Gamification, personalization and adaptive learning are concepts that are today familiar to most learning professionals. But there’s another important concept related to these that often goes unmentioned. It’s called dynamic difficulty. Dynamic difficulty (also called dynamic difficulty adjustment or DDA) is an important concept in the world of game mechanics, but likely one you’ve never heard of. Simply put, dynamic difficulty is the ability of a game to adapt to the skill level of an individual user. E-learning with dynamic difficulty features track the user’s performance and constantly adjust to ensure that the user is being challenged but not overwhelmed. This allows users who fall behind to catch up without frustration, and those who are ahead to do so without restriction.
Why Dynamic Difficulty is Important
Think about it: how many times will you attempt an overly difficult task before giving up in frustration? If you’ve tried your best many times over without success, are you going to want to try again, let alone learn anything? Conversely, what about being forced to endure a lesson just isn’t challenging? You know the material already, but you’re forced to click through information you’ve seen and heard before. These kinds of negative experiences lead to frustration, boredom and disengagement. We all know the negative impact disengagement has on learning.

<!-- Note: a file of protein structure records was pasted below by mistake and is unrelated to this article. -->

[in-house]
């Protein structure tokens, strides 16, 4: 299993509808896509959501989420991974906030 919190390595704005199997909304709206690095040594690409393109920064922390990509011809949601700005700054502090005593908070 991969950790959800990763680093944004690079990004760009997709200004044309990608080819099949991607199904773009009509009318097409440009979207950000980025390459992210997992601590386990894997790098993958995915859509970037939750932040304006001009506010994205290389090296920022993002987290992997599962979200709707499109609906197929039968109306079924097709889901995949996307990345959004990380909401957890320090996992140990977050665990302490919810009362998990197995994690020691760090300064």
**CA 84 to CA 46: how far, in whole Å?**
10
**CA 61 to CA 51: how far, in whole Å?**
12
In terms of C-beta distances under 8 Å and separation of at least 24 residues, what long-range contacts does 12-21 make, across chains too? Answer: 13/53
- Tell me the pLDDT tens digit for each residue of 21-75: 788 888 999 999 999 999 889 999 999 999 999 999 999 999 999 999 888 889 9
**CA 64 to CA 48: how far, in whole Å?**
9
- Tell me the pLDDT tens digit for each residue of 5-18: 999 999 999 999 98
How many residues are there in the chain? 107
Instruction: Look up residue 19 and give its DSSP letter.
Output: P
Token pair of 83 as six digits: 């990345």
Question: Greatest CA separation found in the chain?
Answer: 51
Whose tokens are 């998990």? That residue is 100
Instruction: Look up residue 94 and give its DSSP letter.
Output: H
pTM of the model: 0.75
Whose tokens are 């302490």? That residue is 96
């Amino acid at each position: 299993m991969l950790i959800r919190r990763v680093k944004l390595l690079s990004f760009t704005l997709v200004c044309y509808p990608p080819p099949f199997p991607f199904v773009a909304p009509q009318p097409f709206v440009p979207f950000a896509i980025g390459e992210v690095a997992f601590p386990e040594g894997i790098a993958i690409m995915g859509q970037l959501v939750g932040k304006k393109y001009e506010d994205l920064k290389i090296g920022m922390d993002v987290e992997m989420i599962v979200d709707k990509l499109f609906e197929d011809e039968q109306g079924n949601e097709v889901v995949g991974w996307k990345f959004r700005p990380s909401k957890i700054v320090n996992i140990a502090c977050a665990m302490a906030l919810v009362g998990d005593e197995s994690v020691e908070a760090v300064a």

The onus is on you, as the designer, to get the difficulty curve just right. This is where dynamic difficulty comes in. By dynamically adjusting the difficulty level based on the performance of the user, e-learning with dynamic difficulty game mechanics offer a personalized learning experience that keeps users engaged and challenged without risking boredom or frustration.
Other Difficulty Management Options
There are several other approaches you can take to address difficulty. One common approach is a set of discrete difficulties that users can pick from upon beginning an e-learning game or course. You might be familiar with the standard choices of “Easy”, “Medium” and “Hard”. Imagine, for example, that you’re trying to teach a language. Students who already have some fluency can pick “Hard” and skip introductory modules, while those completely new to the language can select “Easy” and begin with the basics. A simpler alternative is to enable a “Skip” feature that allows users to determine their own pace and skip modules.
But there are inherent limitations with these approaches. Letting users choose their own pace requires them to objectively gauge their own familiarity with the topic. When allowed to do this, it’s not uncommon for users to overestimate themselves. And adding a “Skip” feature makes it easy for users to skip ahead too quickly and find themselves out of their depth. Dynamic difficulty solves inherent problems introduced by both of these systems. By taking the choice out of the equation and relying purely on hard performance data, dynamic difficulty ensures all learners will be at just the right difficulty level for their needs.
Enabling Dynamic Difficulty in Your E-Learning Program
Although applying dynamic difficulty game mechanics adds to the work involved in creating e-learning, its impact on outcomes may justify the effort. Perfectly calibrated, self-adjusting difficulty adds great value. From the user’s point of view, it will seem that the resource is perfectly tailored to them, allowing them to remain immersed and engaged throughout.
Achieving this ideal result is a difficult task without extensive experience in e-learning. Fortunately, there are experts on hand to help: Reva Digital designs and creates custom e-learning solutions for corporations and schools. To find out how your organization can benefit from e-learning, get in touch with Reva Digital today.